Change marks past year

As I look back at the past 361 days, there is one thing throughout 2017 that has been constant: change.

While it’s true that nothing ever stays the same, the past year in Boulder City has been marked by many changes.

Key among those changes have been the departure of several high-ranking city employees. Gone are the city manager, city attorney, community development director, finance director and airport manager, either through resignation — by request or choice — or reassignment.

While some of these departures were planned with enough notice to make alternative arrangements to ensure those people’s duties were handled, others were not, leaving remaining staff to scramble to get the job done, often doing their work as well as someone else’s.

Public Works Director Scott Hansen has been doing double duty as acting city manager since early June. At this point in time, there appears to be no end in sight as the search for a new city manager continues.

The city also has been without a permanent attorney for half the year. After a months-long search, council members voted to appoint assistant and acting city attorney Steve Morris to the position, though that appointment remains in limbo as they await a decision from the attorney general regarding complaints about open meeting law violations regarding the hiring process.

Brok Armantrout, the former community development director, was reassigned to special projects coordinator in May and was replaced by Michael Mays in September.

After serving less than a year, Hyun Kim, the city’s finance director, resigned in August to take a new position in Washington. His replacement, Diane Pelletier, starts early next year.

Airport Manager Kerry Ahern resigned in March and was replaced by Jennifer Lopez in August.

Although any employer will experience some turnover in a given year, the number of changes in city leadership this year leaves many unanswered questions about the reasons why.

A growing unhappiness and unease among local residents was evident during the June municipal election, bringing more changes to the city’s leadership. After Councilman Duncan McCoy decided not to seek a third term, incumbent Councilman Cam Walker lost his bid for re-election. They were replaced by political newcomers Warren Harhay and Kiernan McManus.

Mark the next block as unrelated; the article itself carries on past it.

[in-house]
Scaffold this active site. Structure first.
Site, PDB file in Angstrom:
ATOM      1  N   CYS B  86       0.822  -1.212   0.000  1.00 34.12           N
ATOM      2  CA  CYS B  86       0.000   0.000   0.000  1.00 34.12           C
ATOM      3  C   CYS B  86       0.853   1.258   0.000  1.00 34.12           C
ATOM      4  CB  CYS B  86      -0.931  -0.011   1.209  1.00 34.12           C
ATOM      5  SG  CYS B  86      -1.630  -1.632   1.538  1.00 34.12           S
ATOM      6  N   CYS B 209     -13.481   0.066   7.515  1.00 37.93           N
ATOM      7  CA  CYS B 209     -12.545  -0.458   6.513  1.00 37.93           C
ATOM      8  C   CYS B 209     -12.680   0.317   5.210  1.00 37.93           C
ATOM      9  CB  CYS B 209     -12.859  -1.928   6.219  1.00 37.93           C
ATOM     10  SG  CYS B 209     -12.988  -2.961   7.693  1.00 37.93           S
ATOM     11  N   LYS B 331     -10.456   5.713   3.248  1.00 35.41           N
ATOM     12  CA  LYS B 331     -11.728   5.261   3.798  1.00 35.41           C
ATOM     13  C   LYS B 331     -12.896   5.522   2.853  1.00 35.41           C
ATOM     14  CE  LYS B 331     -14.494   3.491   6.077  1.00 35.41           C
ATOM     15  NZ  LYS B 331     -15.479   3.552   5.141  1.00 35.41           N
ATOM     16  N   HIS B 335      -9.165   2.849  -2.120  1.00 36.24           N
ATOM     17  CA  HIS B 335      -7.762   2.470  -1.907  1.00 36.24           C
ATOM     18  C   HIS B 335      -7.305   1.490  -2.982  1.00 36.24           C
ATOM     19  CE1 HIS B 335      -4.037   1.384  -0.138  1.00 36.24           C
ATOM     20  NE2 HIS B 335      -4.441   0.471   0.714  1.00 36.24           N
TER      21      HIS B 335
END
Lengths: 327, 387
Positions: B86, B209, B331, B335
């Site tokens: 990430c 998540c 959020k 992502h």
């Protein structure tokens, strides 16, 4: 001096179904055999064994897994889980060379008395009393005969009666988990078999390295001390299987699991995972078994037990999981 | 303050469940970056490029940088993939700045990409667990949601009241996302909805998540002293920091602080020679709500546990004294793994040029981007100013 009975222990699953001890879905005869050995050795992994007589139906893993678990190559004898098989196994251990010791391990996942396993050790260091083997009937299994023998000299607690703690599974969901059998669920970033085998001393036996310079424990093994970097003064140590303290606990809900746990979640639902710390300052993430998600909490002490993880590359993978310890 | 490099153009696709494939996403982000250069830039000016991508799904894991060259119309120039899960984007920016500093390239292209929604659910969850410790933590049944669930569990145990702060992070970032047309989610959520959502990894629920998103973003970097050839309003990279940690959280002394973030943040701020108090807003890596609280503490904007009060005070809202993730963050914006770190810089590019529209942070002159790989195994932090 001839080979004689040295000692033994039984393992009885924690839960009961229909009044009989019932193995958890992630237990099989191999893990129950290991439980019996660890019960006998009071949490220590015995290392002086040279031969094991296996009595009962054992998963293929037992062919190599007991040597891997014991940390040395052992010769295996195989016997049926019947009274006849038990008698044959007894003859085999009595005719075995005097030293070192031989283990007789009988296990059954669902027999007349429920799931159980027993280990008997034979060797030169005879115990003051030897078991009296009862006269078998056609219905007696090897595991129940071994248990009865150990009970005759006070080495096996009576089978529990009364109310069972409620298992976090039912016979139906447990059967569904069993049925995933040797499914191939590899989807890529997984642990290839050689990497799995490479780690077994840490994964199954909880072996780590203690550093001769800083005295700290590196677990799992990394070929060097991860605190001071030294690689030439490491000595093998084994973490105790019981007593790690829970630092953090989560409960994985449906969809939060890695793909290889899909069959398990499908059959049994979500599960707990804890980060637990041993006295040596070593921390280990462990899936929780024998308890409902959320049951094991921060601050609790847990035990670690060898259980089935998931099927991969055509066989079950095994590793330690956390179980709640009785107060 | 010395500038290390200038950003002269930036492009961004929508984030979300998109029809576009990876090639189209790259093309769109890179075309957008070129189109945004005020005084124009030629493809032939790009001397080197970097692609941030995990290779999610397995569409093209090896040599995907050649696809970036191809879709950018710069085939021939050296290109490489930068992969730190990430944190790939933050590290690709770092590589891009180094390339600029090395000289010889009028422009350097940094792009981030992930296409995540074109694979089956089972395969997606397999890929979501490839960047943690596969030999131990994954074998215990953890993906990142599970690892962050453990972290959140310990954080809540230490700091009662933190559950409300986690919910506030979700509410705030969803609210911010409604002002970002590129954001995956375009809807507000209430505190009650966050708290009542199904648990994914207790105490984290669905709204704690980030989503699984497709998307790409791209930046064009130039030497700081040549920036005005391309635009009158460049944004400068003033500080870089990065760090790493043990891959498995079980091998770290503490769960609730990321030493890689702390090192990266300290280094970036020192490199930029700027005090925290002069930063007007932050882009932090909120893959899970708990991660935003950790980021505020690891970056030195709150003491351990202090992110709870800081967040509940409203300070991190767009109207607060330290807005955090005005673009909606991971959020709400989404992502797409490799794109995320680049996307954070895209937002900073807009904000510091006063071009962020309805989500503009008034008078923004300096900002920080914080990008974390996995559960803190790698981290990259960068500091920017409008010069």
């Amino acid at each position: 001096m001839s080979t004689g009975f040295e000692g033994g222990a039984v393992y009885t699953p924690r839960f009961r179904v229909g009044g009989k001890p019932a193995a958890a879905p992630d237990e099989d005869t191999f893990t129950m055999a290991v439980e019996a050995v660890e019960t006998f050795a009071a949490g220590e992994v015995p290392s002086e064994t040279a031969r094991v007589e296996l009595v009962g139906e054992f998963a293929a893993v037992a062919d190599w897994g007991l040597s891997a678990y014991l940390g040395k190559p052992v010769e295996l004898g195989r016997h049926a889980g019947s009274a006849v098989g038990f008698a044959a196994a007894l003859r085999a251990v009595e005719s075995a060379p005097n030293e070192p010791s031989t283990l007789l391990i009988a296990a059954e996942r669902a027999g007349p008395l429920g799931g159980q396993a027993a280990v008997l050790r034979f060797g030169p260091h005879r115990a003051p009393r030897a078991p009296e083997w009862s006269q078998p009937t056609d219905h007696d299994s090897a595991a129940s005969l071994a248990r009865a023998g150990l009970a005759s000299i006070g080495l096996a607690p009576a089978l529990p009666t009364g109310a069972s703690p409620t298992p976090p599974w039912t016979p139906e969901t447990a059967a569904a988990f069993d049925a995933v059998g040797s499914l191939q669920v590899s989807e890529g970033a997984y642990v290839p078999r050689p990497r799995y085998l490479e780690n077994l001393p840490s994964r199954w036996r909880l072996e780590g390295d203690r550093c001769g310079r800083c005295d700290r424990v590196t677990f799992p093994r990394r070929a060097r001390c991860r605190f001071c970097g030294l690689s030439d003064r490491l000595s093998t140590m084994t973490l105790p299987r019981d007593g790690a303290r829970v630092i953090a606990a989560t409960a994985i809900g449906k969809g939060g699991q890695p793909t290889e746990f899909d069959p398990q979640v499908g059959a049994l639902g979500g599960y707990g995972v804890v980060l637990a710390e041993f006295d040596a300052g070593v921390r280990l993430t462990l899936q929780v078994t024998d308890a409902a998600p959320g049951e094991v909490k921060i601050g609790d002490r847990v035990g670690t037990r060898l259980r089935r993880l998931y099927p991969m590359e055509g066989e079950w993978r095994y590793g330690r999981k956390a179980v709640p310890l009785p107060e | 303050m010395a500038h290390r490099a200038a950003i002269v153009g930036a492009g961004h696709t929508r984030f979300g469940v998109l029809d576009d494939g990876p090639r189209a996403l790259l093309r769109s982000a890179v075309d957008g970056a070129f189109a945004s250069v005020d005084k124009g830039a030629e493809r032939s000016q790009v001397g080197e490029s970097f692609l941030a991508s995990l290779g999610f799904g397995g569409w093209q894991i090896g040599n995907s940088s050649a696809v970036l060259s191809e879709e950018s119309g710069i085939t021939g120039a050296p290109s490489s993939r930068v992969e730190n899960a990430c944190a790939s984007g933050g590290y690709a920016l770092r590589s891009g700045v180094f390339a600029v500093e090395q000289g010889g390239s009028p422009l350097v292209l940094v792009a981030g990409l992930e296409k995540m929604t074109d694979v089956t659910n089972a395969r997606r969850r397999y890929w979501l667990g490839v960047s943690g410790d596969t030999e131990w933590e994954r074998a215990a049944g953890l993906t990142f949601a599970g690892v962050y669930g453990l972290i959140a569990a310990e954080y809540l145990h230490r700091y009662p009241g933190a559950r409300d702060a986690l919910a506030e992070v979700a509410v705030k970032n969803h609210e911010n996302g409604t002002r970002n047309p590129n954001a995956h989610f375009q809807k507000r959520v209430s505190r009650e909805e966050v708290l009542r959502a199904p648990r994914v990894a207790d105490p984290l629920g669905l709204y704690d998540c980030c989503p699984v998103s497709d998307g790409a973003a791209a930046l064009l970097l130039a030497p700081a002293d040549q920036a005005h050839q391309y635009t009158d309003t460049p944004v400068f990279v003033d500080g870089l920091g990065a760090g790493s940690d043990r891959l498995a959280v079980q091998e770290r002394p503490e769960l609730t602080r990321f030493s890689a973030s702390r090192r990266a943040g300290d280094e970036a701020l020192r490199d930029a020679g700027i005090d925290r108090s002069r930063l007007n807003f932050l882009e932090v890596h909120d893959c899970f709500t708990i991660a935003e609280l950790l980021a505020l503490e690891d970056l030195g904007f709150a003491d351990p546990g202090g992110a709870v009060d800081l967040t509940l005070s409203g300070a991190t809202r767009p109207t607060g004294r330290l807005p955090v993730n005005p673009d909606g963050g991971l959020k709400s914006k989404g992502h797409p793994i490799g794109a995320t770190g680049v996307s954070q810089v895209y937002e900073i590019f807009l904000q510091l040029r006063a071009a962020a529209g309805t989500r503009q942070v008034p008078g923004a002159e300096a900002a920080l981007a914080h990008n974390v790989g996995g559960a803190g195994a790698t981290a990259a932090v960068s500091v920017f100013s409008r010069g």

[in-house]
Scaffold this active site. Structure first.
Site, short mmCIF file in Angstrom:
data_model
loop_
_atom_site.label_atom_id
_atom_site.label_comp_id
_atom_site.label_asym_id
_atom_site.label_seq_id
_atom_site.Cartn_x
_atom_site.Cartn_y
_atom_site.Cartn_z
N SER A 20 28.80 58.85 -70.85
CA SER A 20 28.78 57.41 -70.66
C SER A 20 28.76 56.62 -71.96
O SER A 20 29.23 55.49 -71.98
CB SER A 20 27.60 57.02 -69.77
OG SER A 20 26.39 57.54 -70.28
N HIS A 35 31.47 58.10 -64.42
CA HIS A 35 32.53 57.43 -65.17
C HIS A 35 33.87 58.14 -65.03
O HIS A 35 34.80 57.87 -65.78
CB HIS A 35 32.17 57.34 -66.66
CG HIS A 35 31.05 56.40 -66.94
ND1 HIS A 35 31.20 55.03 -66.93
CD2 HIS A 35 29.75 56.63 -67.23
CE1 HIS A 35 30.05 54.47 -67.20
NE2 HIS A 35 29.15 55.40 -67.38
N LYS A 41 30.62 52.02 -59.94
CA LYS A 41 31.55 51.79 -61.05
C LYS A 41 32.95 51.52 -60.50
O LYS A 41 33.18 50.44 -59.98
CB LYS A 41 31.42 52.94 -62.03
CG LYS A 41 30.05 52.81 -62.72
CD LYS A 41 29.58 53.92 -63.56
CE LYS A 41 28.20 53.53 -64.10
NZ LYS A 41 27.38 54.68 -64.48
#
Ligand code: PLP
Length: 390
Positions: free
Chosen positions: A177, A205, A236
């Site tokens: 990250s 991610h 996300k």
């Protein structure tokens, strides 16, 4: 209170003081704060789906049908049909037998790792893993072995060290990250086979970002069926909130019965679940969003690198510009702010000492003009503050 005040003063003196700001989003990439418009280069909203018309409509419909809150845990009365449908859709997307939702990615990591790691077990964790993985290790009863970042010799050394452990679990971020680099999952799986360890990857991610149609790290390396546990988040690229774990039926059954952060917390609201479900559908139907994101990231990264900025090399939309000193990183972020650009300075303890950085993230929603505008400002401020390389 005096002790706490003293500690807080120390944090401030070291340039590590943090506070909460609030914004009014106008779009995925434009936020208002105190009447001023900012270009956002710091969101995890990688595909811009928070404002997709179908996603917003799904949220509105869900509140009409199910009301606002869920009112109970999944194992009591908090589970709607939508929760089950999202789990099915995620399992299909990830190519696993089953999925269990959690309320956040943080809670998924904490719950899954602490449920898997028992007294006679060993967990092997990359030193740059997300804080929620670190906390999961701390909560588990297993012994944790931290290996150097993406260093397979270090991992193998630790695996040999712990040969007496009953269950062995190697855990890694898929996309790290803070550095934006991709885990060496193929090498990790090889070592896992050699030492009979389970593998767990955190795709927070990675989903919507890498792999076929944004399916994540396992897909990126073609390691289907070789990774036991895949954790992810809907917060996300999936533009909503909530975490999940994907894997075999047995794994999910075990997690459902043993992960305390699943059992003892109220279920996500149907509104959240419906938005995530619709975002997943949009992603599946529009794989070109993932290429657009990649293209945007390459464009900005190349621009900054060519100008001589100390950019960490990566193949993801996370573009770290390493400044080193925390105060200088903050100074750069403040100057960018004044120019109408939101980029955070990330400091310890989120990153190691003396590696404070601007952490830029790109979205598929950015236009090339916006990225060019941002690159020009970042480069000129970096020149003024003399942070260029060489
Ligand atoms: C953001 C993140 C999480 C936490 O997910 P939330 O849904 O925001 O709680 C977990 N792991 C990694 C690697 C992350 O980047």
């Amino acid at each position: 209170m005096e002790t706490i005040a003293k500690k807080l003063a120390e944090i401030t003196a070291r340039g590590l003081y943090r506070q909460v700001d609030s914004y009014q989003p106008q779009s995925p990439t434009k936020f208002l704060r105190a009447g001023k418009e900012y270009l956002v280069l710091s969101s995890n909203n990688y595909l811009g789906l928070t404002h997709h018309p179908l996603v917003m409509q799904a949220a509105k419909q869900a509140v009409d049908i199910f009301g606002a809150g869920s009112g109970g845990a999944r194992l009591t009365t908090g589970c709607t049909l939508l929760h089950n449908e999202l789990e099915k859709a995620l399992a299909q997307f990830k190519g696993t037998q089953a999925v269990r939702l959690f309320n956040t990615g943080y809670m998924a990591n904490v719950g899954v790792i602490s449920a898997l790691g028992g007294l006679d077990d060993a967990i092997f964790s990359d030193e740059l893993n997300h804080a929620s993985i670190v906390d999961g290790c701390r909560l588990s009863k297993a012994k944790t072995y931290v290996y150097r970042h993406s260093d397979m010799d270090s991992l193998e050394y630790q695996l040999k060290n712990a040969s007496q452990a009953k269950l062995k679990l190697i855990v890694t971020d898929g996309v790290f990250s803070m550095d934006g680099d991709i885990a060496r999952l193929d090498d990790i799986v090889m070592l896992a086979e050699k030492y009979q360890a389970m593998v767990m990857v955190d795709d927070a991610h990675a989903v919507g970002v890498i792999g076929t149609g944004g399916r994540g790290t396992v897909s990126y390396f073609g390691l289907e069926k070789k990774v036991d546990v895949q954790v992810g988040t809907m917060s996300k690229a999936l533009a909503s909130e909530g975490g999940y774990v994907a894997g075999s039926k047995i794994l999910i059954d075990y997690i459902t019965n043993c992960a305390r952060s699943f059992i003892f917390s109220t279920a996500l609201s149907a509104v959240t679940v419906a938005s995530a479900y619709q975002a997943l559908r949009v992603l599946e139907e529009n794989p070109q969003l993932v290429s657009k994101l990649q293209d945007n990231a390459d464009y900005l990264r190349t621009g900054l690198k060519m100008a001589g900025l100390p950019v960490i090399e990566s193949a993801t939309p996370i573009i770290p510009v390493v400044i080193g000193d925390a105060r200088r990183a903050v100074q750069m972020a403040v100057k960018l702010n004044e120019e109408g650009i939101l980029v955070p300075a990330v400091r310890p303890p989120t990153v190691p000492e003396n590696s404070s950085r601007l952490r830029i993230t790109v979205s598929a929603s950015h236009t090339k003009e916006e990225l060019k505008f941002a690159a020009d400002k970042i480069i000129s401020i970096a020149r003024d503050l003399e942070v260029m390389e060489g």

Even the Boulder City Review hasn’t been immune to the flurry of changes that highlighted the year. In early 2017, our sole reporter left and was replaced by Celia Shortt Goodyear, who has embraced the small town along with its politics, activities and special residents who make the city a great place to call home. She has been working diligently to keep our readers informed.

Advertising sales executive Val Olsen, who officially started in late 2016, has truly made a difference as the year progressed. Her aim is to provide that personal touch to help local businesses, as well as groups and organizations, tell their stories.

We also made changes to our office staff, with several comings and goings to our newly created office coordinator position. Just earlier this month, Angela Metcalf joined the team to handle subscriptions, classified ads and obituaries.

All of our changes were designed to make our office a one-stop shop and better serve the community.

Personally, there were also many changes in my life as I realized my kids are no longer children, but rather young adults who are ready to live their own lives.

As they began to spread their wings outside the nest, my husband and I re-examined our priorities and decided to focus our attention on enjoying the world outside the walls of our home. We bought a travel trailer and are planning a variety of adventures to explore places near and far.

It appears that next year change will continue to dominate as the city sorts out its leadership positions and as Interstate 11 nears completion, rerouting a majority of traffic between Las Vegas and Arizona around town.

Though a small segment of the interstate opened in August, the true impact of the changes it will bring won’t be felt until October 2018, when the second phase opens and cars are no long forced to drive through the middle of town on U.S. Highway 93.

Hopefully, wherever 2018 takes you and whatever changes come our way, we find life as good or better next Dec. 31.

Hali Bernstein Saylor is editor of the Boulder City Review. She can be reached at or at 702-586-9523. Follow @HalisComment on Twitter.